by Graham Lockwood - BLOODHOUND SSC Product Sponsor

Now being a truck driver means you spend quite a lot of time on your own, which isn’t a bad thing.

Talking to the windscreen isn’t the first sign of madness. Sometimes it’s the only decent conversation we get. However, when you start arguing with the windscreen, then it’s time to start worrying, and when you start losing the said arguments, then it’s time to call the nice people in lab coats with soft soothing voices.
Now, the other week on my way back from the Big Bang Event in London, I found myself discussing with the windscreen, which is the most expensive car ever, built. (Notice I used the phrase discussing and not arguing.)

Go on have a guess….

Nope, it’s not the Bugatti Veyron
16.4 litre Super Sport
Although it does cost more to build
than the
£1,000,000.00 price tag.
(Even if it does sound like a VW Golf)

Go on, have another guess…

Argggg…you fell into the trap.

Nope, it’s not Richard Noble’s & Andy Green’s
Thrust SSC
(which very definitely doesn't’ sound like a VW Golf).

Although the total costs are not known,
or at least
Richard won’t admitted to them.

No ideas, I’ll give you a clue.
It was built in the United States of America and is powered by batteries and not a big V8 brute……
(Nope it’s not Ernie’s fast milk cart!)
It was built in 1969, was used in the early 1970’s and hasn’t been seen for many years since it was last in use..
(not in it’s original shape so it could be Herbie!…… But it’s not.)
There were 4 cars built although only 3 were ever used. (Not exactly mass-produced then.)
Total cost of the cars was $38,000,000.00 each… in 1970,
Nearly every kid had a picture of the car on his bedroom wall along with that tennis player scratching her bottom......
(You know the one I mean!)

Give in?

It is of course the Apollo Lunar Roving Vehicle, which was used on the Apollo 15, 16 and Apollo 17 missions to the moon. Boeing originally built the vehicles in 1969 and was first launched in 1971 on Apollo 15 completing a total of 27.8km. They have a number of similarities with Bloodhound SSC, allow me to expand….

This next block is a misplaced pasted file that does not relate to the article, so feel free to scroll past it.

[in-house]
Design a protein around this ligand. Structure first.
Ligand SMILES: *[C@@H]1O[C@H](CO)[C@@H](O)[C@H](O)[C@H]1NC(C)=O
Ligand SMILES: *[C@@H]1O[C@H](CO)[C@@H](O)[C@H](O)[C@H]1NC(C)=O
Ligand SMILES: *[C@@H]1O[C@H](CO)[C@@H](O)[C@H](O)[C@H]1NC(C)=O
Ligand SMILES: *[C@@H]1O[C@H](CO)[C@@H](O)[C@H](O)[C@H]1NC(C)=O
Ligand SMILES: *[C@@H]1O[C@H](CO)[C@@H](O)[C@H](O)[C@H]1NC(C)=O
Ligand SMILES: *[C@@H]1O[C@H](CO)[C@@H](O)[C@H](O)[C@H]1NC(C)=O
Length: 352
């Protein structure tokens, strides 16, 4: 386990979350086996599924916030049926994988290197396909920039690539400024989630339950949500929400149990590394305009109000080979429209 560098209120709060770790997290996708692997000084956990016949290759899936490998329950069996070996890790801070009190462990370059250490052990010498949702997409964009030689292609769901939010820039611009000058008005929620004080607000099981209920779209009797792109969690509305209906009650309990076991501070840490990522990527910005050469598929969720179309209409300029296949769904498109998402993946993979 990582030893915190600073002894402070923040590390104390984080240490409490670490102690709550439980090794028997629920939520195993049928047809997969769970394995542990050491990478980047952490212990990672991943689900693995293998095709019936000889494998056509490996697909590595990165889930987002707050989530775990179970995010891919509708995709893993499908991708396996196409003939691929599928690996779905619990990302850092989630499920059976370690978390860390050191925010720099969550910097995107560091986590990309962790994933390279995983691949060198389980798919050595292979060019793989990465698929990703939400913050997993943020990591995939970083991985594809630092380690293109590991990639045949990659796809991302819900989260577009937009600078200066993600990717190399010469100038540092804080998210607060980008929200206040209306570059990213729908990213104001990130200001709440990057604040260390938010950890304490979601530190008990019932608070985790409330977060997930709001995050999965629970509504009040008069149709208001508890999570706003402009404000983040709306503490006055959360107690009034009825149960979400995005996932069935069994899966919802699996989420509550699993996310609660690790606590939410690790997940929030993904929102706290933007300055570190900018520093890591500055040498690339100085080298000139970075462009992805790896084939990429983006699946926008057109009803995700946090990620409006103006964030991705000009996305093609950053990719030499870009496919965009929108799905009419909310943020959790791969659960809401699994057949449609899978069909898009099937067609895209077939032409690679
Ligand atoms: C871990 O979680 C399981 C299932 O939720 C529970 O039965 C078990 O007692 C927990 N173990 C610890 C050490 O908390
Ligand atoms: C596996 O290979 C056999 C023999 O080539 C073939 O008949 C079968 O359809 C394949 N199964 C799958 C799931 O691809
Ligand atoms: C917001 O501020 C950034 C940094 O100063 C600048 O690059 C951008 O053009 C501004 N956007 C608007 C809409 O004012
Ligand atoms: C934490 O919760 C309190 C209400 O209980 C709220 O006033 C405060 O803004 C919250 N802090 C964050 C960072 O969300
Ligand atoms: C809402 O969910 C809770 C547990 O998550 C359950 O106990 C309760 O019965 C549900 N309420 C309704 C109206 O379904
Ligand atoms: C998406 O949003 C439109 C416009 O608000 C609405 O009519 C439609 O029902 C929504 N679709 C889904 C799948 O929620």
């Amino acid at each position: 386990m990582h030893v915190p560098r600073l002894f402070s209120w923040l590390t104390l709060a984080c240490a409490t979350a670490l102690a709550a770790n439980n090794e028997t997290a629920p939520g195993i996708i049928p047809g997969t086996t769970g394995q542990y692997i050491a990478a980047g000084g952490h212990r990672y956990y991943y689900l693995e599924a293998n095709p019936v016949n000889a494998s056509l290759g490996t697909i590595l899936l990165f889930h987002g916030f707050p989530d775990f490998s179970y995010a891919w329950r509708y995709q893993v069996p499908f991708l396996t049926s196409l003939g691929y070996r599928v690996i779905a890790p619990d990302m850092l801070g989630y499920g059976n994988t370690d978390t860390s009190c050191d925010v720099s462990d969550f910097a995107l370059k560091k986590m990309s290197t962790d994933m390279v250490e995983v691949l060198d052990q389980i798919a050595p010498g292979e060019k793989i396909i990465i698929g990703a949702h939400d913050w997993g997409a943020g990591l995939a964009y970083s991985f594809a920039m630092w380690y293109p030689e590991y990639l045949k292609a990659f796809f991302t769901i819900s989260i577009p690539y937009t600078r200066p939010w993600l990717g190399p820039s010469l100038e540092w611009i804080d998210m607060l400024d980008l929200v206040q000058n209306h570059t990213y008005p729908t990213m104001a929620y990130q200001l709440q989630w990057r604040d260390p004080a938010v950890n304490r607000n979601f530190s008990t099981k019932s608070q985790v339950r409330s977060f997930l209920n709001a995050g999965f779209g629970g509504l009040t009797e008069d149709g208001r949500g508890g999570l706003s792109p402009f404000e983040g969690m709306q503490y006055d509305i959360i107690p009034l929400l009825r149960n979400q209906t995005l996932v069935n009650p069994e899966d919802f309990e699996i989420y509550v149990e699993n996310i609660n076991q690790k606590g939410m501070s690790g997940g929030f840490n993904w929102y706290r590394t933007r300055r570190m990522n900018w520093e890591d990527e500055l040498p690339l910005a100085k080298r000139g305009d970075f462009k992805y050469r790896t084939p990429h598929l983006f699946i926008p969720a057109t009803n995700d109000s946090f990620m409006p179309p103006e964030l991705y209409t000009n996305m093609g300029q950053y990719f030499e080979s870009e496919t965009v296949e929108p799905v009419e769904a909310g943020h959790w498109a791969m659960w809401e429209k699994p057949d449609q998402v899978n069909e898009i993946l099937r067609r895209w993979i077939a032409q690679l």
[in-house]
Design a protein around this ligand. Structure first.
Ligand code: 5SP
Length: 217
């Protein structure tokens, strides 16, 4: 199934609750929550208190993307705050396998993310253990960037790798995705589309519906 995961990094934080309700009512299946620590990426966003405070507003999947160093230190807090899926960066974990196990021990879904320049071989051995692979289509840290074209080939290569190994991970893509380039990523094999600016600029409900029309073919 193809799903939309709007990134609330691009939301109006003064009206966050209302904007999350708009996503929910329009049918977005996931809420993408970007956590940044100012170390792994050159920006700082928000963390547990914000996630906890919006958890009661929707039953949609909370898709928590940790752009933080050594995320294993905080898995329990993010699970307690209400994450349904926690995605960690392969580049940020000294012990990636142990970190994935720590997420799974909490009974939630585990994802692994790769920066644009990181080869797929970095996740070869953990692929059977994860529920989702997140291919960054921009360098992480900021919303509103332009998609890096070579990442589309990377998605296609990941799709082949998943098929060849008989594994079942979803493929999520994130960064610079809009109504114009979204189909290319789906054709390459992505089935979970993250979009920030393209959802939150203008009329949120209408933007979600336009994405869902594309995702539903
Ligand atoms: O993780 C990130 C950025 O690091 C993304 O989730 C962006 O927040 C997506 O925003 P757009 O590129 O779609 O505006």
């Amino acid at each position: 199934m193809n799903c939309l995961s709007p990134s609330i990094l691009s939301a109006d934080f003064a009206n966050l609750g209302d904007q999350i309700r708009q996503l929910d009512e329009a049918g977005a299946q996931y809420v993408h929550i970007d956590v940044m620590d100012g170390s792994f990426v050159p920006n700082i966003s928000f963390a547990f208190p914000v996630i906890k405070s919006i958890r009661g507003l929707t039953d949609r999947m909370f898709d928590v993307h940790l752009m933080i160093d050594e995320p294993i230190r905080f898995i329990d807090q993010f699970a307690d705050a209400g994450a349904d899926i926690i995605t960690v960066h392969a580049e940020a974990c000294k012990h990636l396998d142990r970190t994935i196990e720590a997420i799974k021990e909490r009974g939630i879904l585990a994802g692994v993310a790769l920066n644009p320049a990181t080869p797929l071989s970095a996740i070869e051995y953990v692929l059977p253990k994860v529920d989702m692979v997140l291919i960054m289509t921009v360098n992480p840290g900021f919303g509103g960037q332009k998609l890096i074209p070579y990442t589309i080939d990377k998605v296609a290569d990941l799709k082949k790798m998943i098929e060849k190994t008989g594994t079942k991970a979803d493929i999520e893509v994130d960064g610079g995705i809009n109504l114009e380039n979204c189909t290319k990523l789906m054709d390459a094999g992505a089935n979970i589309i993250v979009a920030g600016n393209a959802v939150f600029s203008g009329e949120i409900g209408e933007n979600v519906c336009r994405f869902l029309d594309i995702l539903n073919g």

• It’s loosely a car in the basic term.

  • The Lunar Roving Vehicle’s chassis was made from aluminium alloy tubing.

  • The vehicle had 4 wheels, which were also made from aluminium alloy.

  • Body panels were made from both aluminium and titanium.

  • The vehicle had a massive design & support team.
Apart from that, the Lunar Roving vehicle has very little in common with a Land Speed Record Car. However, at the time of the Apollo missions, many students were inspired by moon landings to become engineers, and the universities were full with people studying Science, Technologies, Engineering and Mathematics.

Nearly all School kids I knew wanted to be Astronauts, or Designers of Space Rockets, Space Stations, or Moon Bases. Star Trek was the biggest thing on TV, those that didn’t want to be Captain James T. Kirk and get shot into space, were designing fast cars with crayons, or building all sorts of machines including space ships with Meccano.
Once the Apollo Missions were cancelled in 1973, the Universities experienced a drop in the numbers of students studying Science etc… and since then there hasn’t really been a project to inspire the youth of today. Most of the youth of today want to be on X-Factor, or be Britain’s Got Talent contestants, play for that southern football team Manchester United, or be Britain’s Next Top Model, and that’s just the boys!!
That was until BLOODHOUND SSC.